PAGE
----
Date of Award

Fall 12-17-2014

Degree Type


Degree Name

Doctor of Philosophy (PhD)



First Advisor

Dr. Kuk-Jeong Chin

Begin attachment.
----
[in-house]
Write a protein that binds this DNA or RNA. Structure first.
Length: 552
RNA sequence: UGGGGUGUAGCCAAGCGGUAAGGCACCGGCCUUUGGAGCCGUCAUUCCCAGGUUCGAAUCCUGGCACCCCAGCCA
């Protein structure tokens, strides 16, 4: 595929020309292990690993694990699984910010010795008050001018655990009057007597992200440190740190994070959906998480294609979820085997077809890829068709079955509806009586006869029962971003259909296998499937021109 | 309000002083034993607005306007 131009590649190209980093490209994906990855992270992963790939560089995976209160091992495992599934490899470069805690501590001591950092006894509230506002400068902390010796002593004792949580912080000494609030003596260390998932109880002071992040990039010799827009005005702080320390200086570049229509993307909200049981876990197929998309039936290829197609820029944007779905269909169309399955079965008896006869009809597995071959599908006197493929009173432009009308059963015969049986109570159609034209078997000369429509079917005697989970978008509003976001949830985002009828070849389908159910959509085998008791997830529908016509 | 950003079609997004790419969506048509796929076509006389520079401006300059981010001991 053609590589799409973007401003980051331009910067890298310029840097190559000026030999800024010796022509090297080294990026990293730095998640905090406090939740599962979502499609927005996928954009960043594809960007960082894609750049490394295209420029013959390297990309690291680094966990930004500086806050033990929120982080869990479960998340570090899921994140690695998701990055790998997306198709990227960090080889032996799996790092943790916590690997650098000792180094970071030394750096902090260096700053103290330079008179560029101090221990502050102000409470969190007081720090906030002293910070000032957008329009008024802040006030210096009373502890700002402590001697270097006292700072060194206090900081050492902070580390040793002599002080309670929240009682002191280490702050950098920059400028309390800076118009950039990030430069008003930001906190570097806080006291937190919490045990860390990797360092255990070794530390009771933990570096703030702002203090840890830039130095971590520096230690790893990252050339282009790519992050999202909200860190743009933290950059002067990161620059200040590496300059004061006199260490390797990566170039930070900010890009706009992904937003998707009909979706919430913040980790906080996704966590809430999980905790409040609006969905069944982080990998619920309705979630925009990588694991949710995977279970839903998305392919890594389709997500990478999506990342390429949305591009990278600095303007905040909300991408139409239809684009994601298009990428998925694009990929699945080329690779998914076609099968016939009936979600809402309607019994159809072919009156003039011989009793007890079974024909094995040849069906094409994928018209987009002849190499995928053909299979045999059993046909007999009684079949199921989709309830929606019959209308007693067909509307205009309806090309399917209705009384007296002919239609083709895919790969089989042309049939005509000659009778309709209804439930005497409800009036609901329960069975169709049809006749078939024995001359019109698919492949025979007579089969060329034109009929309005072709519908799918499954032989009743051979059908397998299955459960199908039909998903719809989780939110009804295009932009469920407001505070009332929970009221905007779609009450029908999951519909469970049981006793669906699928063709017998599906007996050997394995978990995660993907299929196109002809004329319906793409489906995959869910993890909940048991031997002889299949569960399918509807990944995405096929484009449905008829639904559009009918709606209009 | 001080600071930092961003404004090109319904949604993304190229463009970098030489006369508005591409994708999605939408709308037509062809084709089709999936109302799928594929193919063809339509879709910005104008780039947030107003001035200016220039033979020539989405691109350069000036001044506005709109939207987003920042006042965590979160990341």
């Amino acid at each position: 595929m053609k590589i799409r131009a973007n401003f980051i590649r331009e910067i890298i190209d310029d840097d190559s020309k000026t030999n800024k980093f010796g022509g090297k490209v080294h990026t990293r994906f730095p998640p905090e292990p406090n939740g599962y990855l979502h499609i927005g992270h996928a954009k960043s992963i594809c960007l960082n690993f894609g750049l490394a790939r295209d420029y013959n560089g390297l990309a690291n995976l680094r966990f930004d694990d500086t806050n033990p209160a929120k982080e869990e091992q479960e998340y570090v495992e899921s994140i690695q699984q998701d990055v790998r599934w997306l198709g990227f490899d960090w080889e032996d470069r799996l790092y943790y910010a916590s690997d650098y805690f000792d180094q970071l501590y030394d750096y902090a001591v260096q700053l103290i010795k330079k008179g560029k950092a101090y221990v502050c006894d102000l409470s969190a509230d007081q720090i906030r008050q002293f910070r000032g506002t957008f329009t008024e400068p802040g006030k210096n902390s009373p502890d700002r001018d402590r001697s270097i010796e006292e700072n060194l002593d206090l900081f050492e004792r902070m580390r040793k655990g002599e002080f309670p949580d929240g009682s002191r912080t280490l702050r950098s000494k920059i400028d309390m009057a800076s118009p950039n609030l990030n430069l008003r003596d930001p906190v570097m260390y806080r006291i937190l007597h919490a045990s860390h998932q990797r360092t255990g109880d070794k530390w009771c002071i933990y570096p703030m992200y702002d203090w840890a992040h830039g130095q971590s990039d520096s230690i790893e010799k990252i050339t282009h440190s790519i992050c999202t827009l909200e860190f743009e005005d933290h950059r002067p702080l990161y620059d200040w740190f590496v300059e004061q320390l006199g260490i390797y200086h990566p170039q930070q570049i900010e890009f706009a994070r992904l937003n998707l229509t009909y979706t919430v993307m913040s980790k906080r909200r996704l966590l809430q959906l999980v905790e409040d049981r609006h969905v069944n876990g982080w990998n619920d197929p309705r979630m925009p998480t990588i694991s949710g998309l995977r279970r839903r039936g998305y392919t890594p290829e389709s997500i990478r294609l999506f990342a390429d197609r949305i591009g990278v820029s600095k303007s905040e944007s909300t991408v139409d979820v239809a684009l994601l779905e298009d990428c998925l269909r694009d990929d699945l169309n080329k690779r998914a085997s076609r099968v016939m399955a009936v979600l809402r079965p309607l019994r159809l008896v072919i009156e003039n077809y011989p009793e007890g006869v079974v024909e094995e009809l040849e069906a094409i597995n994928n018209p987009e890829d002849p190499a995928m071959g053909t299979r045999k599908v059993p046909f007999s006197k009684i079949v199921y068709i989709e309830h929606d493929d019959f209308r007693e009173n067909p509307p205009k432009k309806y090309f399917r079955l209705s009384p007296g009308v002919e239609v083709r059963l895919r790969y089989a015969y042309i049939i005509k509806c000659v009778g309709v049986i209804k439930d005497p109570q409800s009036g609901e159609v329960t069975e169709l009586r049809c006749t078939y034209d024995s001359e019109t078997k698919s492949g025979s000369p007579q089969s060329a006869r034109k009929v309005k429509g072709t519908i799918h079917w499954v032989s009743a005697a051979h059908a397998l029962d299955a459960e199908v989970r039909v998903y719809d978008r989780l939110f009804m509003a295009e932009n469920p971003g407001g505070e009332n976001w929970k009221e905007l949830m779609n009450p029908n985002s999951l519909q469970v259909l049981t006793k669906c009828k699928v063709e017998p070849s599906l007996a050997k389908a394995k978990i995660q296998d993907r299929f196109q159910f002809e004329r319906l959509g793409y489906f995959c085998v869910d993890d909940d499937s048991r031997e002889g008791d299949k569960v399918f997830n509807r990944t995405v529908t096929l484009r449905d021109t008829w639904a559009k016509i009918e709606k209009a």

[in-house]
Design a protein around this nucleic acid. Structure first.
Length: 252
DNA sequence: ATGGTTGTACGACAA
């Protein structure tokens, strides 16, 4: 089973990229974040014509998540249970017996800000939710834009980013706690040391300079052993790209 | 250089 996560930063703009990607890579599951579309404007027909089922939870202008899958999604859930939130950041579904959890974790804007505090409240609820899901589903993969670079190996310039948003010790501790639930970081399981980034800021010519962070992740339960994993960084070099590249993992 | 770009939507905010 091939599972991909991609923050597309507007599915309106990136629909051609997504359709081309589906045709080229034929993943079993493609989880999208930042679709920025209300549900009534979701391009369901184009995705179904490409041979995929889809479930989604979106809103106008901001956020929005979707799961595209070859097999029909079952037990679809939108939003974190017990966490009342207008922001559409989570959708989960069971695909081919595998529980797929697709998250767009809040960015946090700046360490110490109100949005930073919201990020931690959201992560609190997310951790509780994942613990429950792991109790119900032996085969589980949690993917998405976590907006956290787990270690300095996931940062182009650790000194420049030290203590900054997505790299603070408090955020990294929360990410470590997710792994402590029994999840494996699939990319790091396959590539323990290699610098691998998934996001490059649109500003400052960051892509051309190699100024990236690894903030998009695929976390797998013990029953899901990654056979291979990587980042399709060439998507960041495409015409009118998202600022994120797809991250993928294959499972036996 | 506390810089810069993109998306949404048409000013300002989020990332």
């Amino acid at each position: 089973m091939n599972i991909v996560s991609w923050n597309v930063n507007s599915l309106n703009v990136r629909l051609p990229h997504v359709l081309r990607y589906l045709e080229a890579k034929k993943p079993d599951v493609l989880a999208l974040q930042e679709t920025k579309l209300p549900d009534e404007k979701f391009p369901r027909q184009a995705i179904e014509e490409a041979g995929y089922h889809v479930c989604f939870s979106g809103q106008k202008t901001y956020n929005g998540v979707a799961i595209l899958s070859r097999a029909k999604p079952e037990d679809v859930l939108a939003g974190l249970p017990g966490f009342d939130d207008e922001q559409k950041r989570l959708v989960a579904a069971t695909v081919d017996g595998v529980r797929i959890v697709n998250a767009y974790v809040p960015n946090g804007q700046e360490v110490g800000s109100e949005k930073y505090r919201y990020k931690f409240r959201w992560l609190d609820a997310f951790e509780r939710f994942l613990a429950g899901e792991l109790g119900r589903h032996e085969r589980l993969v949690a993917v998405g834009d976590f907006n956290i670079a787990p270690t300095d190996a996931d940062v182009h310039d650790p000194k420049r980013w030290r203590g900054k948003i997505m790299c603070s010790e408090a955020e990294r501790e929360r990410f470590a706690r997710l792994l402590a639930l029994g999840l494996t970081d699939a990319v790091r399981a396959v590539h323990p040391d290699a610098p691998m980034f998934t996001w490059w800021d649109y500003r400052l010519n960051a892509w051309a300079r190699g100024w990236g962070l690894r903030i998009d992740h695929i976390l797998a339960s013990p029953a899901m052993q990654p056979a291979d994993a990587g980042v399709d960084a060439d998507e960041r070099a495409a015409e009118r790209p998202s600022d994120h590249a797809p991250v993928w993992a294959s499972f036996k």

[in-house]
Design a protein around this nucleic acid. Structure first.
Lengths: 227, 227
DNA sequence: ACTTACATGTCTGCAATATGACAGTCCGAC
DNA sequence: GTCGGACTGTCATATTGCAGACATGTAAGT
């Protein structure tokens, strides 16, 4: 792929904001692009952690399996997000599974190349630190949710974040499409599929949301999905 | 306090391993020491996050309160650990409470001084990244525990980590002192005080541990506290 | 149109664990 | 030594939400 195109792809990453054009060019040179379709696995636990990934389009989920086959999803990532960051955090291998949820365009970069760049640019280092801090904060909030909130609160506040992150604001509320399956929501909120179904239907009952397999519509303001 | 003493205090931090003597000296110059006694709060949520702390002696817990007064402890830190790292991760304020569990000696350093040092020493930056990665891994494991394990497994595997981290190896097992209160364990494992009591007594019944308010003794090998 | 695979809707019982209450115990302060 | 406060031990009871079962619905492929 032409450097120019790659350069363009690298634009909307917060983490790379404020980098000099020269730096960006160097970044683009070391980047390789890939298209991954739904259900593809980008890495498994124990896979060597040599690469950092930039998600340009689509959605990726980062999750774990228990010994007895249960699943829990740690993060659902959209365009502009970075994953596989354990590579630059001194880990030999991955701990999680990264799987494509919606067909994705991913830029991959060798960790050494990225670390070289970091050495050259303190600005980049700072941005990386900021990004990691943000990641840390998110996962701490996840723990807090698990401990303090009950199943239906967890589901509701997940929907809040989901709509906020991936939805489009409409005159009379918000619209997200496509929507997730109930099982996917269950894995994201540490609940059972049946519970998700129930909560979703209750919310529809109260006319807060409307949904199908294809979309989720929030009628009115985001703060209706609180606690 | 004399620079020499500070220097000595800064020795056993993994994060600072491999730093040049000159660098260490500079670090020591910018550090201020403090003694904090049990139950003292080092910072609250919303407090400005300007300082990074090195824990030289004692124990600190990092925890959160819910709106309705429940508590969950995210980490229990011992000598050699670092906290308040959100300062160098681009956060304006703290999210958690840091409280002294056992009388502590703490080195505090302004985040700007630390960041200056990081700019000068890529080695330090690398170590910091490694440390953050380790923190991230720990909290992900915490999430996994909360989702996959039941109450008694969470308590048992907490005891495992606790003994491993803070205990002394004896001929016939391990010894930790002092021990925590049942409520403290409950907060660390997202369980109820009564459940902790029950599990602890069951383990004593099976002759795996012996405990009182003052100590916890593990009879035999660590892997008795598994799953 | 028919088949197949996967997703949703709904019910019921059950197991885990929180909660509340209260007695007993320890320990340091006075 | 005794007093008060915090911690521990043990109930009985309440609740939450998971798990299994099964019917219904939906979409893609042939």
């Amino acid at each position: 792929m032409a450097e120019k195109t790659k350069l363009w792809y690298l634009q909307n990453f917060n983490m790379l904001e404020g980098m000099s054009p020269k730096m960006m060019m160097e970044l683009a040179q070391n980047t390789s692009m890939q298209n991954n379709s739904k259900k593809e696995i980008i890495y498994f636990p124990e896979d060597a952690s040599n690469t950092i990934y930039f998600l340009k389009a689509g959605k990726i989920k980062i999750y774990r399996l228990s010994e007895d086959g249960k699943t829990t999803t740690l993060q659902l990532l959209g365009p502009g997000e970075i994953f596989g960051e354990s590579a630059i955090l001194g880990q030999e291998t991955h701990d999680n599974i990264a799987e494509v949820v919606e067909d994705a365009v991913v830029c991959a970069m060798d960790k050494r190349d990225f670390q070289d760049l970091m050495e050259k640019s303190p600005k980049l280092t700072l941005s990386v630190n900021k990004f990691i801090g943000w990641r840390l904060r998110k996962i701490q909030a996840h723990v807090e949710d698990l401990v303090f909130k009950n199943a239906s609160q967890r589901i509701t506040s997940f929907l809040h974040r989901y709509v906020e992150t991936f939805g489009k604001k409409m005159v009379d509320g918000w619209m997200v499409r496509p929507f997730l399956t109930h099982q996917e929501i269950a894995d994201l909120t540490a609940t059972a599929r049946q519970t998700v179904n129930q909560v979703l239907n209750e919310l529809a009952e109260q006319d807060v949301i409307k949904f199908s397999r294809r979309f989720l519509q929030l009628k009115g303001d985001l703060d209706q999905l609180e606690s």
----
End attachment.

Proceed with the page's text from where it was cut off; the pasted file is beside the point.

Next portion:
Sulfate- and Fe(III)-reducing, and methanogenic prokaryotes (SRP, FRP, MGP) are key players in metabolic pathways involved in anaerobic biodegradation processes. Understanding the metabolic activity of these microbes in environments can enhance microbe-mediated processes such as oil spill bioremediation and methane biogas production. In this study, anaerobic microbial activities in Deepwater Horizon oil spill-impacted salt marsh sediments, and in methanogenic coal bed production water enrichment cultures amended with trace elements (TE), were elucidated by employing an approach combining methods in molecular biology and geochemistry. In situ metabolic activity of SRP, FRP and MGP were monitored seasonally and metabolically-active communities were identified in oil-impacted sediments using quantitative real time Reverse Transcription -PCR and clone library analysis of key functional genes: Dissimilatory (bi)sulfite reductase (dsrAB), Geobactereceae-specific citrate synthase (gltA), methyl coenzyme M reductase (mcrA), and benzyl succinate synthase (bssA). In situ application of montmorillonite clay was assessed for its potential at accelerating PHC degradation by stimulating microbial activities. Levels of dsrA, gltA and bssA transcripts suggested that PHC-oxidizing SRP are more active in summer while FRP are more active in winter, indicating their activities linked to the seasonal changes of redox potential and vegetation. BssA gene expression peaked in winter, and was highest at more highly oil-impacted sites. Expression of all genes was higher in clay-amended sites. bssA transcript level and Fe(II) production were highest in clay-amended microcosm. Total petroleum hydrocarbon (TPH) levels were lower in oil and clay-amended microcosm incubation than one with oil only amendment, suggesting enhanced TPH degradation by clay amendment. Pyrosequencing analysis 16S rRNA gene in clay-amended microcosms demonstrated the highest percentage abundance of groups closely related to known anaerobic aromatic degraders. Levels of mcrA transcripts correlated with methane production rates in TE-amended coal bed production water enrichments. The findings of the present study clearly support the advantage of gene expression analyses for estimating microbial activity. To the best of our knowledge, this is the first in situ study which employs key functional gene markers as molecular proxies for metabolic activity and diversity assessments in anaerobic oil-contaminated salt marsh sediment and also elucidates clay-enhanced in situ TPH degradation.